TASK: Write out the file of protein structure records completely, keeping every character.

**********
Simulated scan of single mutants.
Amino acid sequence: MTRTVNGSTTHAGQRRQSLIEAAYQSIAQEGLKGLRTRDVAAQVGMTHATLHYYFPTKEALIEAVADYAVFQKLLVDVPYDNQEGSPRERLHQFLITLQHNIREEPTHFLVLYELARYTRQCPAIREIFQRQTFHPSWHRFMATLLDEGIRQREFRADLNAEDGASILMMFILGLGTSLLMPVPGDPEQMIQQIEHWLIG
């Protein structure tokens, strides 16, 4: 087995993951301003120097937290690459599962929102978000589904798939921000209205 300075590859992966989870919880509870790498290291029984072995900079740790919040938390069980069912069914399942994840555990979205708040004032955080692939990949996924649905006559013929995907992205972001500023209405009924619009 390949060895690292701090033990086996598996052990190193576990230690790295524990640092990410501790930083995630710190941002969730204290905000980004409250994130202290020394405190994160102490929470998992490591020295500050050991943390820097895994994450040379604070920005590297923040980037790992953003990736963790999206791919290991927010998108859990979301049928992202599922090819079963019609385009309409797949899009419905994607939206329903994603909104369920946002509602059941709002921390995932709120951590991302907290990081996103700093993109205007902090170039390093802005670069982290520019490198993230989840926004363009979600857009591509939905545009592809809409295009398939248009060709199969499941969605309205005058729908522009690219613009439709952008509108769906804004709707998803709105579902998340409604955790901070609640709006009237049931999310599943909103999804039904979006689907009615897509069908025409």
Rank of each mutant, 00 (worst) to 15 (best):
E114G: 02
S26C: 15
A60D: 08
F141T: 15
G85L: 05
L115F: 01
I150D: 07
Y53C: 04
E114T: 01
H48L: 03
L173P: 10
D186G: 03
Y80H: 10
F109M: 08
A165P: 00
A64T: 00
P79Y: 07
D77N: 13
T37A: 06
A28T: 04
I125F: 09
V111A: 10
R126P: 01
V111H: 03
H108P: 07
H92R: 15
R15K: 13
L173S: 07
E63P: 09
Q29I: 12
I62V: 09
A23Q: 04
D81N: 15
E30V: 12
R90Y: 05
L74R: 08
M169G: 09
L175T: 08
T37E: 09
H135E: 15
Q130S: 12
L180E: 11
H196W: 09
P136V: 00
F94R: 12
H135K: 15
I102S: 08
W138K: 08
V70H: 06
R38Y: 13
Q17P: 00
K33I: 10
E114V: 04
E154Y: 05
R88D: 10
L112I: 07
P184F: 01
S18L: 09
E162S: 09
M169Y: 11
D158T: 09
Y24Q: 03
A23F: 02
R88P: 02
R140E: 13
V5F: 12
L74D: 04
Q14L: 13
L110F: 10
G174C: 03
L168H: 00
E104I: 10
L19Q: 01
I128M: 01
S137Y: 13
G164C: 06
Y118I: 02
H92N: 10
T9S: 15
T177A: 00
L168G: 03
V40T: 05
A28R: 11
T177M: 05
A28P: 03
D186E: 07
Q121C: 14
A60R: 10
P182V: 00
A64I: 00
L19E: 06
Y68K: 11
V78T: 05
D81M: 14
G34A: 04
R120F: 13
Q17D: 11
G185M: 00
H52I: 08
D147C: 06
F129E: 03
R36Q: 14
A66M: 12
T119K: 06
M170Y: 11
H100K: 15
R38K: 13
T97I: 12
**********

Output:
Simulated scan of single mutants.
Amino acid sequence: MTRTVNGSTTHAGQRRQSLIEAAYQSIAQEGLKGLRTRDVAAQVGMTHATLHYYFPTKEALIEAVADYAVFQKLLVDVPYDNQEGSPRERLHQFLITLQHNIREEPTHFLVLYELARYTRQCPAIREIFQRQTFHPSWHRFMATLLDEGIRQREFRADLNAEDGASILMMFILGLGTSLLMPVPGDPEQMIQQIEHWLIG
């Protein structure tokens, strides 16, 4: 087995993951301003120097937290690459599962929102978000589904798939921000209205 300075590859992966989870919880509870790498290291029984072995900079740790919040938390069980069912069914399942994840555990979205708040004032955080692939990949996924649905006559013929995907992205972001500023209405009924619009 390949060895690292701090033990086996598996052990190193576990230690790295524990640092990410501790930083995630710190941002969730204290905000980004409250994130202290020394405190994160102490929470998992490591020295500050050991943390820097895994994450040379604070920005590297923040980037790992953003990736963790999206791919290991927010998108859990979301049928992202599922090819079963019609385009309409797949899009419905994607939206329903994603909104369920946002509602059941709002921390995932709120951590991302907290990081996103700093993109205007902090170039390093802005670069982290520019490198993230989840926004363009979600857009591509939905545009592809809409295009398939248009060709199969499941969605309205005058729908522009690219613009439709952008509108769906804004709707998803709105579902998340409604955790901070609640709006009237049931999310599943909103999804039904979006689907009615897509069908025409």
Rank of each mutant, 00 (worst) to 15 (best):
E114G: 02
S26C: 15
A60D: 08
F141T: 15
G85L: 05
L115F: 01
I150D: 07
Y53C: 04
E114T: 01
H48L: 03
L173P: 10
D186G: 03
Y80H: 10
F109M: 08
A165P: 00
A64T: 00
P79Y: 07
D77N: 13
T37A: 06
A28T: 04
I125F: 09
V111A: 10
R126P: 01
V111H: 03
H108P: 07
H92R: 15
R15K: 13
L173S: 07
E63P: 09
Q29I: 12
I62V: 09
A23Q: 04
D81N: 15
E30V: 12
R90Y: 05
L74R: 08
M169G: 09
L175T: 08
T37E: 09
H135E: 15
Q130S: 12
L180E: 11
H196W: 09
P136V: 00
F94R: 12
H135K: 15
I102S: 08
W138K: 08
V70H: 06
R38Y: 13
Q17P: 00
K33I: 10
E114V: 04
E154Y: 05
R88D: 10
L112I: 07
P184F: 01
S18L: 09
E162S: 09
M169Y: 11
D158T: 09
Y24Q: 03
A23F: 02
R88P: 02
R140E: 13
V5F: 12
L74D: 04
Q14L: 13
L110F: 10
G174C: 03
L168H: 00
E104I: 10
L19Q: 01
I128M: 01
S137Y: 13
G164C: 06
Y118I: 02
H92N: 10
T9S: 15
T177A: 00
L168G: 03
V40T: 05
A28R: 11
T177M: 05
A28P: 03
D186E: 07
Q121C: 14
A60R: 10
P182V: 00
A64I: 00
L19E: 06
Y68K: 11
V78T: 05
D81M: 14
G34A: 04
R120F: 13
Q17D: 11
G185M: 00
H52I: 08
D147C: 06
F129E: 03
R36Q: 14
A66M: 12
T119K: 06
M170Y: 11
H100K: 15
R38K: 13
T97I: 12